Yes. You may be placed in jail for up to six months for not paying child support. The legal basis for placing you in jail is “contempt of court.” Contempt of court is a legal term that means you are not following a court order. You may also be fined up to $600 for each violation and have to pay attorney’s fees and court costs. Paying child support is painfull enough let alone compounding the issue with these additional fees.
You have the right to be represented by an attorney throughout a contempt proceeding. Legal aid services may be a solution but this usually takes time to find an attorney that will represent your fathers rights. If two conditions are satisfied, you also have the right for the government to provide you with that attorney free of charge:
1) You must prove that your income is very low or you have no income.
2) The result of the hearing must be that you are likely to be placed in jail.
In some cases, the law allows you to be imprisoned for a specific amount of time and/or pay a fine. This happens when you are criminally prosecuted and imprisoned for nonpayment, which is a felony. As of September 1, 1999, a felony conviction is sufficient to deport someone who is not a citizen of the United States.
Unfortunately, your child support order will continue while you are in jail. You will need to petition the court to ask for a reduction in your child support amount based on what you can earn while in jail or in prison.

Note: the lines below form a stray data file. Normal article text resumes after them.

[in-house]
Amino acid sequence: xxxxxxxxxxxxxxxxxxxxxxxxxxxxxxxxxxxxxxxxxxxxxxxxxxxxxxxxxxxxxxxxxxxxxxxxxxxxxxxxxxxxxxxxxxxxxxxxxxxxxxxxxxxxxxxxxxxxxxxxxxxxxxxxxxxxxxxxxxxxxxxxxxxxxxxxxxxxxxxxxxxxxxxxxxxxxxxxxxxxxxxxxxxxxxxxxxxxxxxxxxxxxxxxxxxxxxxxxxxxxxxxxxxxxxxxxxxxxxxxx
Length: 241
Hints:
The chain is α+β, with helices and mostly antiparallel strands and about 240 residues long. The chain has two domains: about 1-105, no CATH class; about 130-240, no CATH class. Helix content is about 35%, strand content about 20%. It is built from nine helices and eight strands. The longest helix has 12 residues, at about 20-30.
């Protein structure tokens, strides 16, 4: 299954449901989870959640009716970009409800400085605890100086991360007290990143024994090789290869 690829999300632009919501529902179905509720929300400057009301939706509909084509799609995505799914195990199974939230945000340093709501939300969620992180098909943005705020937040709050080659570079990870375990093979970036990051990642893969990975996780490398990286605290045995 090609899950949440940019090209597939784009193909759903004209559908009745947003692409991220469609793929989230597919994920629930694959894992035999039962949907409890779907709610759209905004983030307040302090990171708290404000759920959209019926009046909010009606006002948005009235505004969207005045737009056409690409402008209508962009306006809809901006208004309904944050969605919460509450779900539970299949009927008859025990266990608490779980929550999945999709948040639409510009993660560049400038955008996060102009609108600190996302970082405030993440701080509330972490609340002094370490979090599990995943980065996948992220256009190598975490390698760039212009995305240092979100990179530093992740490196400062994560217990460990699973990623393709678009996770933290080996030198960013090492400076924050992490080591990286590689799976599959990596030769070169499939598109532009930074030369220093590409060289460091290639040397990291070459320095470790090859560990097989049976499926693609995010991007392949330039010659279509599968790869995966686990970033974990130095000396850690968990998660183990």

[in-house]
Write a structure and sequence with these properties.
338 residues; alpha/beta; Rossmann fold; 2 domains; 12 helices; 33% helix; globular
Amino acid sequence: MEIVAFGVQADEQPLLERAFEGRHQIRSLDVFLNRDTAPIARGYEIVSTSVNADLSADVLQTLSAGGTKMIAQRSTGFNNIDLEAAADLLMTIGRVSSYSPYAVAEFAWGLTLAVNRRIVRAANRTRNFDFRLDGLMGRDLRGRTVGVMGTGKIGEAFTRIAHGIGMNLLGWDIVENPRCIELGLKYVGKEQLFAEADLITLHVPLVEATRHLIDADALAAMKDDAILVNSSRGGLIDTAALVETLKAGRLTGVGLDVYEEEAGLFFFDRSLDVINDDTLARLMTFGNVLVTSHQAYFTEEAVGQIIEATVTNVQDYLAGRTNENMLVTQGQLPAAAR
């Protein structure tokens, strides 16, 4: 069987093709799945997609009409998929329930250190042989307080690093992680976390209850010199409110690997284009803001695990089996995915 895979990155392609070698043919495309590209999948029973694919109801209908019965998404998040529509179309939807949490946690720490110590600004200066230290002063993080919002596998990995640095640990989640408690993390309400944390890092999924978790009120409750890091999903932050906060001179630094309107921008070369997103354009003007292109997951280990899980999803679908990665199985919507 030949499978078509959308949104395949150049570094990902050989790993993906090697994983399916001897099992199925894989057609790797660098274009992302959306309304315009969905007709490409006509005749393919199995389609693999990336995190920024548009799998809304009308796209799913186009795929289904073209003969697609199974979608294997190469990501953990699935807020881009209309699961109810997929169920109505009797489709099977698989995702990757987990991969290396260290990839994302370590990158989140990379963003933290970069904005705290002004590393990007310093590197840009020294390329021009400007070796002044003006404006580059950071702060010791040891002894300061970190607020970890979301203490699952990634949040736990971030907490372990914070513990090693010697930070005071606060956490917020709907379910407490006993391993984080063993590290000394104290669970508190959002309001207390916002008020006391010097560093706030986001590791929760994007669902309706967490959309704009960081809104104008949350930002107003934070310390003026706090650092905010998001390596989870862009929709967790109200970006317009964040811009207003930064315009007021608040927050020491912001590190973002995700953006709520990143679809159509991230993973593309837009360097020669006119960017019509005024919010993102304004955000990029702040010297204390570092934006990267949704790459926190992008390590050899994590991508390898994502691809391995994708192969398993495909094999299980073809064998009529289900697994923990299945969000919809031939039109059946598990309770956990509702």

While this may be difficult, it is extremely important that you try to do this. It is up to the court to determine whether to decrease your child support because you have been imprisoned. In most cases the court finds favor to father.
Many non-custodial fathers believe that if they get behind at a time when they are legitimately unable to make a payment, what they owe can later be reduced or discounted by the court when an explanation is given. However, if you wait to explain your changed circumstances, the court will be unable to reduce the back payments you owe. So it is very important that you notify the court immediately, provide proof of the reduction in income, and ask that your payments be reduced accordingly. If you do this, the court may temporarily or permanently reduce the amount of future payments.
You have rights as a father and need to use them, speak to a legal representative and have them determine how you can receive help